Sunday, March 31, 2019

Andrew Yang WTF Interview

Sunday, March 10, 2019

Michael Hudson Explains Money

Feb 1, 2019 at 1:47 pm

The main area where Japan refuses to allow imports that would be cheaper than what it produces at home would be agricultural products – from rice to beef to apple to liquor, Japan’s home producers are protected from cheaper foreign imports by a labyrinthine system of tariffs and import regulations that jack up the cost of any item imported into Japan and keeps its less efficient producers at home in business. Japan has a consumption tax too on top of that.

The key question I’ve been asking myself has been – why hasn’t the massive money printing in Japan and the US over the last two decades caused hyperinflation already, as happened in Weimar Germany, Zimbabwe, Venezuela, and the US in the 1970s?

Inflation, and hyperinflation, fundamentally start when a country that needs to import certain key goods finds the cost of those goods has skyrocketed.

Now, when a country highly dependent on those imports starts overprinting money, the value of its currency to its trading partners normally collapses, causing prices in its own currency to skyrocket, and setting off a general cycle of inflation/hyperinflation at home.

That’s the Standard Model of Hyperinflation.

It sort of happened to the US in the late 1970s. At the time the US had developed a heavy dependence on imported oil, which had a much larger role in its entire economy than it does today At the same time, the industries of Europe and Japan had recovered from the devastation of WWII and were ascendant.

Wolf had a great article showing how the dollar started dropping as a world reserve currency during that time hitting a low if 40% by the mid 1980s

The Oil Crises of the 1970s and the rising cost of oil were responsible for about 2/3 of the inflation that occurred, according to most economists. Wage inflation also occurred in response, as unions were still strong and many American workers were protected by COLA contracts that raised their wages automatically with inflation. The Federal government had not yet rigged its Consumer Price Index calculations to artificially lower inflation rates.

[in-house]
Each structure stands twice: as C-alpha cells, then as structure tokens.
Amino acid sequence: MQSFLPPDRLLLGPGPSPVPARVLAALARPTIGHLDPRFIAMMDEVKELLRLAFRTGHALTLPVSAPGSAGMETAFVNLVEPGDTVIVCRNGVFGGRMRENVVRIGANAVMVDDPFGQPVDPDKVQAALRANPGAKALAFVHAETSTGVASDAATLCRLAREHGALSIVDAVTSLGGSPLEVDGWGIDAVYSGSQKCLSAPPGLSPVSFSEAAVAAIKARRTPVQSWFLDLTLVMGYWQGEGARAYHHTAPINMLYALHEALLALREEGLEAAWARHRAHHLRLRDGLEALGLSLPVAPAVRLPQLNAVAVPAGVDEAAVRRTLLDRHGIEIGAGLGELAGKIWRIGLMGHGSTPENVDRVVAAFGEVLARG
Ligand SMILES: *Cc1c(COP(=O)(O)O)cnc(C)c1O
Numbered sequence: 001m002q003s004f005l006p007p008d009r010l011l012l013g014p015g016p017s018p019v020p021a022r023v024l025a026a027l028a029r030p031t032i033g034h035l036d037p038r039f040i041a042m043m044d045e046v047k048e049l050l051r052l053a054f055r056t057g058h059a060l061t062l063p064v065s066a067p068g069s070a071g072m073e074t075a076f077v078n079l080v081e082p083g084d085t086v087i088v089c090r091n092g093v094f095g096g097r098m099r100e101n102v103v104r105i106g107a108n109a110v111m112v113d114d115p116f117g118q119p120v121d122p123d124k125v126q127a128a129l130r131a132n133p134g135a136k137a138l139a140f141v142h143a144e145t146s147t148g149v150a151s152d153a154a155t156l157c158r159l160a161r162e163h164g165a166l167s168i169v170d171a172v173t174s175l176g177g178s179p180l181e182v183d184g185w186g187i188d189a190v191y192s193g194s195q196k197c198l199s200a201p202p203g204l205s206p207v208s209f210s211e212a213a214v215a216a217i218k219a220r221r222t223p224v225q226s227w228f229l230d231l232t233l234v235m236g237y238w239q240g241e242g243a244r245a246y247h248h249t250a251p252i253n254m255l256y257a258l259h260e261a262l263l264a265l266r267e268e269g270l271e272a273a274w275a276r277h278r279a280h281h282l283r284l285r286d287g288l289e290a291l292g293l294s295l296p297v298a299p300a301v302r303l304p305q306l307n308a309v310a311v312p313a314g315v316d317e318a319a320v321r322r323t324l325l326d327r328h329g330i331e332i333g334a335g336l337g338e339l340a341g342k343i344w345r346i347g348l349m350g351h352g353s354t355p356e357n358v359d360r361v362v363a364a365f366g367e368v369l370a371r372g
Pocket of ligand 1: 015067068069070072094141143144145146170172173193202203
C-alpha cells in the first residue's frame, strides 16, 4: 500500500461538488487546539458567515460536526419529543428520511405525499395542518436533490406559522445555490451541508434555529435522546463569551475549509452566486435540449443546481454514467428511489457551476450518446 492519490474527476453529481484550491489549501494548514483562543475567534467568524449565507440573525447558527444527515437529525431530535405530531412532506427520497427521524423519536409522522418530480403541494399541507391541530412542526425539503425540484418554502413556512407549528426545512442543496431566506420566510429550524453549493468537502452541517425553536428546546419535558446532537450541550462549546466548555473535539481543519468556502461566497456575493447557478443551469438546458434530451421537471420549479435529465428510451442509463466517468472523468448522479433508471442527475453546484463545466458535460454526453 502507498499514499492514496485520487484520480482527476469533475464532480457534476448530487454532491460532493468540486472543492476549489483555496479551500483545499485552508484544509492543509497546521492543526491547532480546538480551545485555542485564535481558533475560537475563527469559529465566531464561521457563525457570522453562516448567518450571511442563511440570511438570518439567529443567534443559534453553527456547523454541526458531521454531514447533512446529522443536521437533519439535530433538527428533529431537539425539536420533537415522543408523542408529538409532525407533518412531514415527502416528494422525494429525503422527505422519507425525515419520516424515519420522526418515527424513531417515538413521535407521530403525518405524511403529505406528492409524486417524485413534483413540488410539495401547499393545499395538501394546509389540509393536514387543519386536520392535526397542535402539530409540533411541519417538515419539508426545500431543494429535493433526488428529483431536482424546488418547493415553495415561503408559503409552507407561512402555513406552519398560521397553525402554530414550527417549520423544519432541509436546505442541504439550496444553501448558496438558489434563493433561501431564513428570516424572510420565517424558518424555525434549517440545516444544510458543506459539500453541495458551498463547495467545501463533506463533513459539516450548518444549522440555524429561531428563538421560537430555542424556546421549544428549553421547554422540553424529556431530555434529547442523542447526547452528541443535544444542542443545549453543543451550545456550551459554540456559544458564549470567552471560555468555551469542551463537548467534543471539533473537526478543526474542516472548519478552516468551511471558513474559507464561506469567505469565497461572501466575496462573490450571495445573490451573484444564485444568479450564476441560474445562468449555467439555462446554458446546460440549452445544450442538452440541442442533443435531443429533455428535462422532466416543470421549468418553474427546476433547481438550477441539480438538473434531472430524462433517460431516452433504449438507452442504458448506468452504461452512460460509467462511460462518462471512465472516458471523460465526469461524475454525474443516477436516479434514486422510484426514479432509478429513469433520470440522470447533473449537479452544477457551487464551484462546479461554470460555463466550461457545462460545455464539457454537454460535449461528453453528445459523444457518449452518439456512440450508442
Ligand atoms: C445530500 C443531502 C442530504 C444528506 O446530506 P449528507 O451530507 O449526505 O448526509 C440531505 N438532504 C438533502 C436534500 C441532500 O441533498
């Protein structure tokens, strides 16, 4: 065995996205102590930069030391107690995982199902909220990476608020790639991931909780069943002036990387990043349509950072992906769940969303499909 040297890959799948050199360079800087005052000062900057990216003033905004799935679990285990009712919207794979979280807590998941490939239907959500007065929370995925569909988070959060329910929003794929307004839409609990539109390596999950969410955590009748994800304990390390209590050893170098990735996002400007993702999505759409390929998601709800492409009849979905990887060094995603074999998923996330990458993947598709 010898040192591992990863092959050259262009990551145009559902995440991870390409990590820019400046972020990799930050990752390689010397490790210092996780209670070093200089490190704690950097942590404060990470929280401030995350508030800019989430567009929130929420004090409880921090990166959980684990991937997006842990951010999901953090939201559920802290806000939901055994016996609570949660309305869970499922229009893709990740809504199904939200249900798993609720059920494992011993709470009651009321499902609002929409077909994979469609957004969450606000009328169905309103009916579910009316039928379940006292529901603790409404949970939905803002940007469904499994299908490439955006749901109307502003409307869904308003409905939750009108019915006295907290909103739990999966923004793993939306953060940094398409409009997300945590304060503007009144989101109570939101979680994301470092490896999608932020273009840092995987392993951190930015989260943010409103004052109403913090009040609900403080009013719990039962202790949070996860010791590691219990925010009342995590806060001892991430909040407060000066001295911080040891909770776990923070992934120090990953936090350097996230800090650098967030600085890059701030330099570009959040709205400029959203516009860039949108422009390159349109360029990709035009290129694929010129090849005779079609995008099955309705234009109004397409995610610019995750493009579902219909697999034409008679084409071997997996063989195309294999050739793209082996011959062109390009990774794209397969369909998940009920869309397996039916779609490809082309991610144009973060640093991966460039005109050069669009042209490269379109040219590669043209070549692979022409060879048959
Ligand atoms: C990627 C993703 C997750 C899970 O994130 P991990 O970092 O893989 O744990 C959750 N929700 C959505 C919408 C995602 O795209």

In the 1980s, Reagan sweet talked the Saudis into turning the oil spigots back on and dropping oil prices (thus crashing the US oil industry for over a decade) – mostly by arming them to the hilt- selling them the best American weapons and building military bases, etc

Changing the CPI formula, crushing unions with right to work laws, starting the wave of off shoring of manufacturing, increased automation, the development of fracking in the US oil industry – all these factors have kept wage and price inflation low in the US since the 1970s

The US is hugely dependent on imports now and runs perpetual trade deficits. The great majority of US trading partners are either beholden to us for their military security (Taiwan, S Korea, Japan) or have shakier economies that hugely depend on selling their stuff to us (China, Mexico, and every Third or Second World country that we buy stuff from)

They can’t afford to stop taking our overprinted dollars or charging us more because we’ll just go somewhere else cheaper and, because the dollar is the world reserve currency, some other poor country will take it. With the trade war going on against China and prices rising there, this is already happening, with manufacturers moving to Vietnam, Thailand, India, and elsewhere

And so we are living high off our WWII legacy as the world reserve currency. Japan is avoiding hyperinflation by keeping imports low, consumption low, prices at home high, and savings high.

It still all looks like a house of cards, a flimsy dam built to hold back a rising flood of debt, in both countries.

Sunday, March 3, 2019

The Real Reason by LTA